Efforts to re-use products in the north got a cash injection Feb. 9 after Aurora Research Institute announced it, alongside business partner Delta Reach Enterprises, has been awarded a $95,000 grant from the federal government to continue its studies into the feasibility of using cardboard pellets as an alternate source of heat and explore other potential opportunities for recycling in the Beaufort Delta region
In the works since 2017, the project involved retrofitting an old building into the new Inuvik Pellet Mill, which began operation in fall of 2019. Northern Affairs Minister Dan Vandal and N.W.T. MP Michel McLeod got a virtual tour of the facility the same day of the announcement.
“The establishment of the Inuvik Pellet Mill will provide a platform of research, development and innovation addressing energy issues in the North," said Aurora College vice president of research Joel McAlister. "Micro-energy production alternatives show promise in reducing grid energy demands, while providing novel economic energy production opportunities for small northern communities such as Inuvik and the surrounding Beaufort Delta region.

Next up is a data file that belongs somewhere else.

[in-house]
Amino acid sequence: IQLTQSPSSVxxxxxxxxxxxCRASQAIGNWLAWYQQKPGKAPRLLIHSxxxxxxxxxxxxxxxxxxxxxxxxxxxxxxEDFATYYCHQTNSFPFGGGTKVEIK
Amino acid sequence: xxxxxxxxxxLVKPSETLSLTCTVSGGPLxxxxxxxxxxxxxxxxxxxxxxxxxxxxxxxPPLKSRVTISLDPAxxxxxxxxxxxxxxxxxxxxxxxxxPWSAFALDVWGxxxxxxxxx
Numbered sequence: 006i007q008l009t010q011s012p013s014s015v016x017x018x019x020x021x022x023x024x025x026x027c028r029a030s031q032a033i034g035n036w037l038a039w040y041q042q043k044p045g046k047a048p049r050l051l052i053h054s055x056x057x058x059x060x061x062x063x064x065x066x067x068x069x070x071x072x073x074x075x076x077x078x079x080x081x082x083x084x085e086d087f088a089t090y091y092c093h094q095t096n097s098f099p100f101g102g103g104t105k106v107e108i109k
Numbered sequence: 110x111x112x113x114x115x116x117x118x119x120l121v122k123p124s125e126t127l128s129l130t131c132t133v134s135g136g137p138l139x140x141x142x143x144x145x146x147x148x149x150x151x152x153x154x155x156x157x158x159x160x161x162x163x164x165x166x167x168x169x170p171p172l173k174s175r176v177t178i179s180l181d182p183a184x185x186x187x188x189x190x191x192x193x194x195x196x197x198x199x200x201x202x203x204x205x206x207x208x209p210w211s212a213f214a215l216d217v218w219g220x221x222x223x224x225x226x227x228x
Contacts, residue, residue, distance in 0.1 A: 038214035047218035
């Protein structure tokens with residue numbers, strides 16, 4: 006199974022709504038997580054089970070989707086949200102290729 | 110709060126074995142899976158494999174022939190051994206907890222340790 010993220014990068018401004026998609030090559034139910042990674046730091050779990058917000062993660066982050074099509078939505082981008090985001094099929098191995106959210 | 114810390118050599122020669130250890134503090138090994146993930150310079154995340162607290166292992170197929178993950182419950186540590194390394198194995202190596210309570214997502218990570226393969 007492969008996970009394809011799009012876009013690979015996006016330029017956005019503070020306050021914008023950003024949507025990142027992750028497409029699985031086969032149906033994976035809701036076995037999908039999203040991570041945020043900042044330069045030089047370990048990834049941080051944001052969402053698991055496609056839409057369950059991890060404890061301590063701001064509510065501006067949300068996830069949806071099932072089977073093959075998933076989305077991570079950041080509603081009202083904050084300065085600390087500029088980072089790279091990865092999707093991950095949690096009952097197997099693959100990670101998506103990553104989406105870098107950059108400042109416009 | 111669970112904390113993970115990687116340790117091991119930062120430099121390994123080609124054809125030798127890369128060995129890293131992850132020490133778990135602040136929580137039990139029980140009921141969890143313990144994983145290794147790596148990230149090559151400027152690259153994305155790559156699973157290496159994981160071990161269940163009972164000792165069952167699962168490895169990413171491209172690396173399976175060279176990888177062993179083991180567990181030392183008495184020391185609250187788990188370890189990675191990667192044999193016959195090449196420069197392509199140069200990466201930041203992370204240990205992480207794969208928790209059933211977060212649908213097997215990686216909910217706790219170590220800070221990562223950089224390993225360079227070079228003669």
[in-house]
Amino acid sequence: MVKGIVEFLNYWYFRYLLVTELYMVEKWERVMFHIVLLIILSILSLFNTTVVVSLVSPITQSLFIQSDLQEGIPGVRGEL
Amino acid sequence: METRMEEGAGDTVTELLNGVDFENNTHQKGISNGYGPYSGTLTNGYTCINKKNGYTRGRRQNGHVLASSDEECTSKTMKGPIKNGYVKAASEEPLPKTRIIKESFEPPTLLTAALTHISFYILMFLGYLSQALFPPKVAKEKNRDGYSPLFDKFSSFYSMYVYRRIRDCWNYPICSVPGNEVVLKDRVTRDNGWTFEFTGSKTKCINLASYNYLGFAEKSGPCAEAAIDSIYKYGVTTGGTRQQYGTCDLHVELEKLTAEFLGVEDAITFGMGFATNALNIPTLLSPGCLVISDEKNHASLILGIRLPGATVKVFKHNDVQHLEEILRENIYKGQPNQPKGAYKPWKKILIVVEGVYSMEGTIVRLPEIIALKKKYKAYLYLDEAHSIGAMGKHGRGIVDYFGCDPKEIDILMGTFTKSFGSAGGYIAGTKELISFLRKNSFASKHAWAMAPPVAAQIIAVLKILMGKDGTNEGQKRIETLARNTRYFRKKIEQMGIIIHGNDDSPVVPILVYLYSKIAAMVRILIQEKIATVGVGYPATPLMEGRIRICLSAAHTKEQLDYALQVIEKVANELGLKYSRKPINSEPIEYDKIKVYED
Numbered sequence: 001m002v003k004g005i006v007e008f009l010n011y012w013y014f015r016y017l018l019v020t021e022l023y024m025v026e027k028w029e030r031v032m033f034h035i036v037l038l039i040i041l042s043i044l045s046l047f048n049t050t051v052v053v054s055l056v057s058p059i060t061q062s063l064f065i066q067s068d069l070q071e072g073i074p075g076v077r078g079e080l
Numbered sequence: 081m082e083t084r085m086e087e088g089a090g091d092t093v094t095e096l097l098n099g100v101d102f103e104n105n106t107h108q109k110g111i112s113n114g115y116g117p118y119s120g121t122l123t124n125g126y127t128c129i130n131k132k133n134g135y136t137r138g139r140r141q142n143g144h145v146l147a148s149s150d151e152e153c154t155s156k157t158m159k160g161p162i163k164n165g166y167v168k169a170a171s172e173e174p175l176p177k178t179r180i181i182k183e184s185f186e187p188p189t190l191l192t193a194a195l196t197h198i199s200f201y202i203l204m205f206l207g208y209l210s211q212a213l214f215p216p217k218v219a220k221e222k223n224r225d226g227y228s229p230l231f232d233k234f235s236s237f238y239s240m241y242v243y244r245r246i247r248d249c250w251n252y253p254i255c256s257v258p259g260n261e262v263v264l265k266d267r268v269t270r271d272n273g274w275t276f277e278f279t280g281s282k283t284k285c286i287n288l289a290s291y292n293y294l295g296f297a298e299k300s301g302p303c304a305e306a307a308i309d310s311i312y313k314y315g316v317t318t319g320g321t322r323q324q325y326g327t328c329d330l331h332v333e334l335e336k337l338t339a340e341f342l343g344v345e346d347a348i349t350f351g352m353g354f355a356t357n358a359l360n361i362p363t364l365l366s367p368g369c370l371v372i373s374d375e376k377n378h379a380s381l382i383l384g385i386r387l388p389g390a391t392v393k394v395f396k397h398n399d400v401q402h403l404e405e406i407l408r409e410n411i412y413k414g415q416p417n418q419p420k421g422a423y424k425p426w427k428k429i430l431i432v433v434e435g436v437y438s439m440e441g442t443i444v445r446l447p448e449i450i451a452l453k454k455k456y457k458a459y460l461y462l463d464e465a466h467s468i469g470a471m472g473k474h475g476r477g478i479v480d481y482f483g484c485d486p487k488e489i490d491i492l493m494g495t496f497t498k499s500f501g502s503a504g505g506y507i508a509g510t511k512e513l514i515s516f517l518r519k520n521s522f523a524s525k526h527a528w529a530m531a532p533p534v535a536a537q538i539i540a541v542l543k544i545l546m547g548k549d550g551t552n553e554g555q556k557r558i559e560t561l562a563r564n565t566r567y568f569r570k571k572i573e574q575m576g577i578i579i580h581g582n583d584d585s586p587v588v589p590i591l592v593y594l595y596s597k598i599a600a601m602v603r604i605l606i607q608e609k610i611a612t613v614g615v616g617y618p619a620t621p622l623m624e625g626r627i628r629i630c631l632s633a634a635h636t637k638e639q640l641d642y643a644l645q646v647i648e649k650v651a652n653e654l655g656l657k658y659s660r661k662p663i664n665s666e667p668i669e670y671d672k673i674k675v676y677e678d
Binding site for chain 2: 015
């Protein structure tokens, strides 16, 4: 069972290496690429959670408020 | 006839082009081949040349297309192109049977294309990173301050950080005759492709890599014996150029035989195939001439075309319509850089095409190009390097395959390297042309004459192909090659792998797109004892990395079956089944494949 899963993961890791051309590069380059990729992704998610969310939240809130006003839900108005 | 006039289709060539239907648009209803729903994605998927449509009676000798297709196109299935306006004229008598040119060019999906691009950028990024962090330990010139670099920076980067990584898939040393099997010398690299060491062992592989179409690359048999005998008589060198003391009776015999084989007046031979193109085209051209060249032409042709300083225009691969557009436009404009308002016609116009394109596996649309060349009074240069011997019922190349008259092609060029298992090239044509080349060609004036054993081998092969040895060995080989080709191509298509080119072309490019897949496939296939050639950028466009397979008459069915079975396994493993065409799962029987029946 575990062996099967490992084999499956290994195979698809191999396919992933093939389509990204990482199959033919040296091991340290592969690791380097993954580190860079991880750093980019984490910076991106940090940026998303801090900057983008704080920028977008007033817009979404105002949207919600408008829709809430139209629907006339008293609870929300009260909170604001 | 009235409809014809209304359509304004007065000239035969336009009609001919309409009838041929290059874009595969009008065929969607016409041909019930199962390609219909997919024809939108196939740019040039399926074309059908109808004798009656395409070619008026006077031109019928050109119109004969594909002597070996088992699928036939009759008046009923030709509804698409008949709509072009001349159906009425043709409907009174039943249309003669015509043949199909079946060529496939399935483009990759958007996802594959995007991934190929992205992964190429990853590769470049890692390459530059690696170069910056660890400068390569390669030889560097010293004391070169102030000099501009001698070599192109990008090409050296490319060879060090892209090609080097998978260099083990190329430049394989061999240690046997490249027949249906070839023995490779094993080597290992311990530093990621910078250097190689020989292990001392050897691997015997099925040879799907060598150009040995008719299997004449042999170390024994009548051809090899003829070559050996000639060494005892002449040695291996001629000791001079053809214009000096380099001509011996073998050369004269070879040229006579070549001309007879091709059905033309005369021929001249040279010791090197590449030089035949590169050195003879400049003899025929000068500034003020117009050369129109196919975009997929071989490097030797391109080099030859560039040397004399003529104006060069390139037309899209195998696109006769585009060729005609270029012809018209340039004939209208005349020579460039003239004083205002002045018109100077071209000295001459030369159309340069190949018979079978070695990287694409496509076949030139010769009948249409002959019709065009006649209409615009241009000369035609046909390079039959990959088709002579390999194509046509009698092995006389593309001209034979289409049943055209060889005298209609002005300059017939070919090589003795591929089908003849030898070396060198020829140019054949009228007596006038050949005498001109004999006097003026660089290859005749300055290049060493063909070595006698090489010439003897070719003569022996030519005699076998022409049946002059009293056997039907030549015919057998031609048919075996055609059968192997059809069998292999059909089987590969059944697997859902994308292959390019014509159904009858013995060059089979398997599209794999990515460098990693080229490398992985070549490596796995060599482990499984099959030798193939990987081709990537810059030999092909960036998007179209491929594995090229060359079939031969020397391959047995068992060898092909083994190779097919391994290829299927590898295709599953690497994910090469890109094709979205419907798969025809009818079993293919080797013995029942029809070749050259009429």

"We hope to continue development of the Inuvik Pellet Mill, expanding analyses to other waste stream opportunities for energy production and landfill reduction.”
Future plans for the facility, the announcement reads, include expanding recycling infrastructure and examining other potential areas for recycling and waste-to-heat programs, as well as establishing supply chains to bring cardboard waste from other communities in the Beaufort Delta.
Initially began through the ARI by researchers Matthew Dares and Patrick Gall, the project made use of a pellet machine first acquired in 2018 to create use-able pellets from cardboard waste.
It began creating pellets in May of 2018 and data on the effectiveness was gathered until March of 2019. Those feasibility studies concluded the project could keep up to sixty tonnes of cardboard out of the landfill each year.